“I Keep Loving Her” — A Tribute to Jerusalem by a Native Son

To mark Jerusalem Day, celebrated this year on May 10, 2021, Boyar High School graduate Eran Ohana shared his thoughts about the city of his birth.

By Eran Ohana, Graduate of Boyar High School

Jerusalem. Suddenly I thought about the fact that there are no other cities that have a day named after them. Tel Aviv has a slogan, “a beautiful, non-stop city”, the nickname ‘Capital of the Negev’ was tossed to Be’er Sheva, Holon has been branded as “The Children’s City” for years, but no other city has received or is likely to receive the preferential treatment accorded to Jerusalem by the Knesset, which enacted a law in its name and established a national holiday in her honor.

It is said of Jerusalem that one can hate it to the point of disgust or love it without end. There is no middle ground. I’m one of those who belong to the second group. I was born in Jerusalem, but I only fell in love with it for the first time at the age of 12. And from that moment on, more reasons and excuses were added for me to love her, and I continue to loving her.

For me, Jerusalem is Boyar High School, the University, the Old City, the Khan Theater, the Cinematheque, the Biblical Zoo, Ein Kerem Inn, Falafel Shevach, Flea Market Square, the Yellow Submarine, the Monster, 17 Haoman Street 17, Bus Line 18, Pizza Pushka, Rimon Cafe on the Ben Yehuda Pedistrtrian Walkway, the Eighth Note, Yehuda’s grocery store in Borochov, the secret smoking bench in Beit Vagan …

Jerusalem is the aromas of Angel Bakery, the flavors of Mahane Yehuda, mixed with the news at Sami Restaurant in the shuk (Zichrona Labracha), the deafening noise of the old Malcha Hall, the class of the new arena .. .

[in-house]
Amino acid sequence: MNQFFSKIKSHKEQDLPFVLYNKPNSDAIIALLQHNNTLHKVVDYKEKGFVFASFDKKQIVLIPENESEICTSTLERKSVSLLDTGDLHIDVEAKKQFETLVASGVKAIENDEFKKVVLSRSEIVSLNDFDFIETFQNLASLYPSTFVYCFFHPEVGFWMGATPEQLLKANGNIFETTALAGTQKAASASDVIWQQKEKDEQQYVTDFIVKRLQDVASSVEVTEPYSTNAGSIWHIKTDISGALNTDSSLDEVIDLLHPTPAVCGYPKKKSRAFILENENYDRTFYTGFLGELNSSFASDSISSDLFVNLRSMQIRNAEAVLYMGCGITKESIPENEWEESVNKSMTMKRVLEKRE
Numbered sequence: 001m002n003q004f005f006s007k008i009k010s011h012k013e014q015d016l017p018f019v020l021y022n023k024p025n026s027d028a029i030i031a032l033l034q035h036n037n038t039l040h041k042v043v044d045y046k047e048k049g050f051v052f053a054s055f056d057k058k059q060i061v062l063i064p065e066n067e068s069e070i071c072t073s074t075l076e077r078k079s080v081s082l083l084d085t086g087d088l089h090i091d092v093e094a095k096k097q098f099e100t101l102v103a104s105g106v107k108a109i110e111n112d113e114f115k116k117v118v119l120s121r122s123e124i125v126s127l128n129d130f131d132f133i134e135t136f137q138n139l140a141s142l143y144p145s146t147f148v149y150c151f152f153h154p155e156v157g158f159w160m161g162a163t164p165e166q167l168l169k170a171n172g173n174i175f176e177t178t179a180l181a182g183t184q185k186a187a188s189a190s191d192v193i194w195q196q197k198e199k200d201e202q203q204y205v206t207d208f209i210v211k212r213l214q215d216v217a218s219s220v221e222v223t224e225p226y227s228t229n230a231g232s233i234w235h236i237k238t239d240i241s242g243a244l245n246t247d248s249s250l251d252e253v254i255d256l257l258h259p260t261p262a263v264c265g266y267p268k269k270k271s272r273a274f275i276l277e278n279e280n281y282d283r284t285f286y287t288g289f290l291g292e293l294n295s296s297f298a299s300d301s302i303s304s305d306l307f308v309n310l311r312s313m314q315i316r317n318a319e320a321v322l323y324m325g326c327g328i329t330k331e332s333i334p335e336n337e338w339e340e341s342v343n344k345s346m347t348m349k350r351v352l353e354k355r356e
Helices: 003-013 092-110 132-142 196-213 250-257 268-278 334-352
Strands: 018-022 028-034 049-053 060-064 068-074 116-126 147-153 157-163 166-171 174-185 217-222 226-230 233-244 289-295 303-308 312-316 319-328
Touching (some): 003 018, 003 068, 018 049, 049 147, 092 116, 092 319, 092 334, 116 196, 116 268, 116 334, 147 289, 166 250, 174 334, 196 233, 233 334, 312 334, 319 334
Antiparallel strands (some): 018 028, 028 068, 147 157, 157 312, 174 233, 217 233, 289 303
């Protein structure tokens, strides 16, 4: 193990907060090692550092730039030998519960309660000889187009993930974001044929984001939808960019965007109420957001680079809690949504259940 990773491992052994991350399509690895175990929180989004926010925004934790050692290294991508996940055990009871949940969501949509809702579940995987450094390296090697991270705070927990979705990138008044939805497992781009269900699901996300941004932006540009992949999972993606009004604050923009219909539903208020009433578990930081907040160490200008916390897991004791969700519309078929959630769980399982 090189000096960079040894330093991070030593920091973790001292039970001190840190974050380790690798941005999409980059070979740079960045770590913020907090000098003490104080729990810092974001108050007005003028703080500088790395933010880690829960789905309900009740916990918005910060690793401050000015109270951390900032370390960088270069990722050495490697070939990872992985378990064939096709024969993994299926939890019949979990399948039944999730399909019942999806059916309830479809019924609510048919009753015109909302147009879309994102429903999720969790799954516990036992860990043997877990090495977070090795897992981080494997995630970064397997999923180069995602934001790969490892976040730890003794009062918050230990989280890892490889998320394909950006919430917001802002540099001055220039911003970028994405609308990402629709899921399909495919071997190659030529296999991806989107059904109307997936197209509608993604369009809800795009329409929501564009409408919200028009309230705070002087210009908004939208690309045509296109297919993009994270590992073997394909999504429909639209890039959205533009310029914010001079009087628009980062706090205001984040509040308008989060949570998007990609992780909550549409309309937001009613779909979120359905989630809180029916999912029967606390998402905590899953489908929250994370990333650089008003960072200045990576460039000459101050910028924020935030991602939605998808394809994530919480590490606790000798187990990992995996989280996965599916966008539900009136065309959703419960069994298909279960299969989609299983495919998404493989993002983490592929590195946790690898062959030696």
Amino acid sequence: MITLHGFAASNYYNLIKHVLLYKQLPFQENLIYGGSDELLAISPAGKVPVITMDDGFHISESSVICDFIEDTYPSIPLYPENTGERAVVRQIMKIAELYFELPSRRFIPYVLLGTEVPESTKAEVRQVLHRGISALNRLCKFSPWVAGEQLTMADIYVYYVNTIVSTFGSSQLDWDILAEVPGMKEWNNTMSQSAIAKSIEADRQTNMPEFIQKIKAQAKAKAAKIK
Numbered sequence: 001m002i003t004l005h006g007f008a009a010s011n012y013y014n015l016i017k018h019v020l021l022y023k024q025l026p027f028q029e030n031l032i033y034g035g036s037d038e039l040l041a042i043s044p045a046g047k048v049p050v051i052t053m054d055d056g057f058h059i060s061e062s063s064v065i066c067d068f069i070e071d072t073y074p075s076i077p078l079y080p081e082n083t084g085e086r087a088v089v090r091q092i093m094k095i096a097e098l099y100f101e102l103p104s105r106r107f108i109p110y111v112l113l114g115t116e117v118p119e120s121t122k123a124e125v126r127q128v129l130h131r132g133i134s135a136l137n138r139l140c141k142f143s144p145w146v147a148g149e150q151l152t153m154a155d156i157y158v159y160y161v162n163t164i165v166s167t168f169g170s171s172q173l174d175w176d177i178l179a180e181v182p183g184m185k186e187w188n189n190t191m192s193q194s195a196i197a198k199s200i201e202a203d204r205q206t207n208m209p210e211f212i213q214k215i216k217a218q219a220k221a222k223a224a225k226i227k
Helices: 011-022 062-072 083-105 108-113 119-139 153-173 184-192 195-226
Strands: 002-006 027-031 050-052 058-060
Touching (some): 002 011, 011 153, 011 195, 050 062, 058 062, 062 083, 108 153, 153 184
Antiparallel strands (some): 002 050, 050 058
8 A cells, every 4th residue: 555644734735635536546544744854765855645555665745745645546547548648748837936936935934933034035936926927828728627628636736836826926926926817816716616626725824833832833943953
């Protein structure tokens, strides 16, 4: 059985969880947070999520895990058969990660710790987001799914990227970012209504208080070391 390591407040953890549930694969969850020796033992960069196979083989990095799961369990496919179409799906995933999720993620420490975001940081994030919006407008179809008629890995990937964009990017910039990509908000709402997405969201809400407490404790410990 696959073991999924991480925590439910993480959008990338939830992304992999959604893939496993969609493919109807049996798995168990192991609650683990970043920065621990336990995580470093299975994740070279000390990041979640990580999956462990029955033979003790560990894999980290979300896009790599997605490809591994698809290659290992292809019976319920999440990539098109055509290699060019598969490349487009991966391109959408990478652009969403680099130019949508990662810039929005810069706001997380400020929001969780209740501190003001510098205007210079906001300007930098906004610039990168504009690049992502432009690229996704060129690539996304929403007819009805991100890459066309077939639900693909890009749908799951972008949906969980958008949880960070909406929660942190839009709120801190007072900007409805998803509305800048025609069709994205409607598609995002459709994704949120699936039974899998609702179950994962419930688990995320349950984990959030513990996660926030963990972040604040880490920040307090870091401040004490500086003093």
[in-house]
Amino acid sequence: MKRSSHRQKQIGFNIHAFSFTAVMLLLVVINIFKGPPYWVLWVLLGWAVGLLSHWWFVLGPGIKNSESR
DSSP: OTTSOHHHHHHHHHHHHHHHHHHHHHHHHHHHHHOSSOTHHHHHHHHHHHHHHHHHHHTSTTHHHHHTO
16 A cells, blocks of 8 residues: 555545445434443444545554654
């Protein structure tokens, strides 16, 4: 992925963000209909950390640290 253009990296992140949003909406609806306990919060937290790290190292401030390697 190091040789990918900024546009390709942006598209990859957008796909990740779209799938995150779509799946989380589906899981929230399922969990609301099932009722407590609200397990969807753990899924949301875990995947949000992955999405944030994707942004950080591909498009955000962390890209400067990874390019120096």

It’s playing football in the snow, breaking the Jerusalem record for schools in the in 4 × 100 relay, doing tiyulim (hikes) in Lifta on Shabbat more than 30 times, going to hookah and snooker on Tuesdays, the Underground on Fridays, walking around Nachlaot and feel like you are in a painting, distribute newspapers in Talpiot at four in the morning, interrupt Shlomo Artzi in the middle of a performance at Binyanei Huama Hall, flirting with tourists in Zion Square, doing security work at the psychiatric hospitals in Eitanim and Kfar Shaul, complaining about the high prices in Mamila Mall but always going back to buy there.

Jerusalem is a heartbeat every time you get on a bus, it is the special silence around Mount Herzl every Memorial Day, the feeling of holiness every time you step near the Western Wall, the goosebumps in joint ceremonies with friends from Germany at Yad Vashem. It is the pride of marching with the family on the Jerusalem Parade, the relief of getting through the traffic jam by Sakharov Gardens. It is like being in Thailand, New York or Rome and still thinking that there is no place as beautiful as Jerusalem. It is understanding that this city can not be complete without all those who are trying to break it apart.

Jerusalem is the knowledge that a large part of the things you experienced for the first time, happened in it. And maybe thanks to her. These are the indelible memories of her, even after you have been away from her for 20 years.

It is making peace with the fact that you will continue to love, even though she will never be what she once was for you.

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